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Use of force: a cop’s perspective

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Editor’s Note: Staff writer Steve Dunkelberger is attending the seven-week University Place Public Safety and Criminal Justice Community Academy class and will highlight the issues facing law enforcement officers and communities along the way. Tacoma has a similar program every fall as well.
Pierce County Sheriff’s Department Sgt. Glen Carpenter stopped counting the number of times someone has threatened his life after his first year on the job. That was 24 years ago.
“The average officer experiences more trauma in a year than most people experience in their lifetime,” he said.
Carpenter has probably seen more than most cops, with 19 years of service on the department’s SWAT team and volunteering for graveyard shifts in the county’s more dangerous neighborhoods. During his career, 47 officers around the state have been killed in the line of duty. He knew 23 of them and considered 19 of those close friends.
“I put two of them in body bags,” he said, noting that he has researched officer shootings around the nation to find patterns of what went wrong and uses that information as an expert witness on matters of use of force.
What he concluded was that most officers were killed because they gave the suspect-turned-shooter too much leeway by giving too close or getting back into their cars or residence only to have then return with a weapon. And the police shootings occur within the first minute of contact between the officers and their killers.
He illustrated his point with a series of graphic dash and body camera footage of actual police shootings. One involved a driver obeying a police officer to get out of his truck only to taunt and attack him before returning to the cab of his truck and load a rifle as the officer repeatedly orders him to stop. The man then shot the officer.
Another video showed an officer responding to a domestic violence when a woman called in after her boyfriend smashed his television during an argument. The officer began talking to the man on the porch to take what would likely otherwise be a routine report. The man said he was cold and wanted to go into the apartment to get his jacket. The officer allowed him to get the jacket and calmly continued his interview. The officer asked to search the man’s pockets only to have the man suddenly pull a gun and shoot the officer. The man reportedly then shot the officer six times in the face, took the officer’s service pistol and returned to the apartment to kill his girlfriend.
The number of police officers being killed in the line of duty, about 171 a year around the nation, has held steady since the peak times of the 1980s, but what that statistic doesn’t show is that the number of assaults of officers has jumped seven fold in the last  30 years.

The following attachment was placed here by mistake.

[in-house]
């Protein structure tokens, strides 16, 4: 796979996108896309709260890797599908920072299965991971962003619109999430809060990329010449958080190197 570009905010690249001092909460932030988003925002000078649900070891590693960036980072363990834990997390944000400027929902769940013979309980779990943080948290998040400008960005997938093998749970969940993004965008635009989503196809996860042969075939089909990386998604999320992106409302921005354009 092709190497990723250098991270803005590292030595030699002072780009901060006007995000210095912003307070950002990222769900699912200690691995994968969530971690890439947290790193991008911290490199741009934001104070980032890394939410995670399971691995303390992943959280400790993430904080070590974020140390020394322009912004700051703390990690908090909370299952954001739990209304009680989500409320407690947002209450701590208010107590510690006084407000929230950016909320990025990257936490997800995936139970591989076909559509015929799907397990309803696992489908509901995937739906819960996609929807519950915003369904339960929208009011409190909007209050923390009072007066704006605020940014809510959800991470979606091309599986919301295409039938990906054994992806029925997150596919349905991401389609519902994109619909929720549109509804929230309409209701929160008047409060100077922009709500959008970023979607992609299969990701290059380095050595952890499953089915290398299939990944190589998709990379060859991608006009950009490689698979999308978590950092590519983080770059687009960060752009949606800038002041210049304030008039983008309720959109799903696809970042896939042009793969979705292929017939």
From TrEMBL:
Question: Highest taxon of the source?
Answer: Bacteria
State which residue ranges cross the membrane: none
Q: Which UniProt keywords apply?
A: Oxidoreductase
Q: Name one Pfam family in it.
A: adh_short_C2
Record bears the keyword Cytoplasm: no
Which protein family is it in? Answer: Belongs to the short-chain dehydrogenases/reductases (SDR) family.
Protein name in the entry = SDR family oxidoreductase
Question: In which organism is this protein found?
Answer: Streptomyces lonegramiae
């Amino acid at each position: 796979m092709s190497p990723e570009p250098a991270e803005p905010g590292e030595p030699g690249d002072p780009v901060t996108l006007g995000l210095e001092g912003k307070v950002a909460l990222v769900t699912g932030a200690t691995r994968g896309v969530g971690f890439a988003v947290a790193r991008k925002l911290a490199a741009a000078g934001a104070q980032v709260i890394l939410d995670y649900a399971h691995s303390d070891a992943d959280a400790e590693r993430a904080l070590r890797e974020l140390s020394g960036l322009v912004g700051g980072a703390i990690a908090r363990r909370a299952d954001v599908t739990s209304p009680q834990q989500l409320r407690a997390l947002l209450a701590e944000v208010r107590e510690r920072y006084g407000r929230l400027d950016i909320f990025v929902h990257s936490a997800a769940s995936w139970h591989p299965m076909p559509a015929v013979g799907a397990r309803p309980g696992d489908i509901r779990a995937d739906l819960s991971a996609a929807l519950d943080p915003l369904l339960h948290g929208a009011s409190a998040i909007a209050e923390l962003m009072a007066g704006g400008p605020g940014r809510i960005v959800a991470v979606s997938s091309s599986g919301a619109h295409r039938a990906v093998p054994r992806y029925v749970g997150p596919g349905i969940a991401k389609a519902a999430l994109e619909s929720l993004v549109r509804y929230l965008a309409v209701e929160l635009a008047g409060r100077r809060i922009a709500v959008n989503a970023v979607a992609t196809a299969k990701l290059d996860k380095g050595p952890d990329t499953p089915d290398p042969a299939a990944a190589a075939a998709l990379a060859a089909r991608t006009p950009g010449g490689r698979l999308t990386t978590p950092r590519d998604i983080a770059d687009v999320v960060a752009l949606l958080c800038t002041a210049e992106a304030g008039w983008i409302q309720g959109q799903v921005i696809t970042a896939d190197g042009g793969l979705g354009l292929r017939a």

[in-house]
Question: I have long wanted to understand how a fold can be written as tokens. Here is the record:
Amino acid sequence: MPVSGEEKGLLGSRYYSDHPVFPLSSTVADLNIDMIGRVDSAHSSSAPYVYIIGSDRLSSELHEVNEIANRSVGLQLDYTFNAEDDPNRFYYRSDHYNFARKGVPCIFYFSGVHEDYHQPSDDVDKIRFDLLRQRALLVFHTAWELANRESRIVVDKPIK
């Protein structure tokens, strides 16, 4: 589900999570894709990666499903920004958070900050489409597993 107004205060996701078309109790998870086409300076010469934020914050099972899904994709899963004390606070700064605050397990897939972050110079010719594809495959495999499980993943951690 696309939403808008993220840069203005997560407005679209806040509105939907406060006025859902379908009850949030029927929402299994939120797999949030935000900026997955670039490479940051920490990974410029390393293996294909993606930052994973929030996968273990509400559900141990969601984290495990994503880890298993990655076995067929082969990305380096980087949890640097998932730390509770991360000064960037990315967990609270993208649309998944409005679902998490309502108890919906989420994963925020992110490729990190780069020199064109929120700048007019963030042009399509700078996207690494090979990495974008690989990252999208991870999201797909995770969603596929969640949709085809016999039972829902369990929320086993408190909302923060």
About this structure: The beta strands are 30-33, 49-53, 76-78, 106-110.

Only advancements in emergency medical care have kept those assaults from becoming murders, Carpenter said. For contrast, about police use deadly force on 600 suspects around the nation each year, a number that is dropping in recent years as officers second guess themselves in dangerous situations out of fear of what Carpenter called “the Ferguson affect. The reference is to a police shooting in 2014 of Michael Brown in Ferguson, Missouri. The U.S. Department of Justice later concluded that the officer, Darren Wilson, shot Brown in self-defense but the shooting sparked protests and a national debate about police policies regarding use of force.
In Washington state, it is outlined in a four-part RCW 9A.16.040 that includes “to arrest or apprehend a person who the officer reasonably believes has committed, has attempted to commit, is committing, or is attempting to commit a felony,” the suspect threatens a police officer with a weapon or “there is probable cause to believe that the suspect has committed any crime involving the infliction or threatened infliction of serious physical harm.”
“If you do not do what a police officer tells you to do, they can use force to make you do what they want you to do,” Carpenter said. “The offender dictates the fight, we don’t.”
That said, there are times when officers are wrong, and they should face the consequences, Carpenter said.
“I’m glad that my profession is held to that high of a standard,” he concluded.

Course Outline
Oct. 24: Nine Flashpoints in American Policing with Sheriff Paul Pastor
Oct. 31: Legalized marijuana and its impact on public safety
Nov. 7: SS911 Communications Officer / K-9 Demo
Nov. 14: Personal gun ownership in America
Anyone can attend individual courses if they are unable to attend the full academy, which meets from 1-4 p.m. on Mondays at the University Place Police Headquarters, 3609 Marketplace West, Suite 201. Other courses include: Basic Defensive Firearms from 6:30-8:30 p.m. on Oct. 25; Advanced Defensive Firearms from 6:30-8:30 p.m. on Oct. 26; and Emergency Preparedness from 6:30-8:30 p.m. on Nov. 1. Contact Jennifer Hales (253) 798-3141 to reserve a spot in the classes or with questions.
Safe Streets will hold a Neighborhood Safety Patrol Training from 10 a.m. to noon on Nov. 5 at Camp Curran Boy Scout Camp, 13220 50th Ave. E., for community members interested in making a change in their community by joining the Safe Streets Neighborhood Patrol Program. The program is comprised of residents who walk and drive the streets of their neighborhood looking for suspicious activities and situations that can attract crime and gangs. More information is available at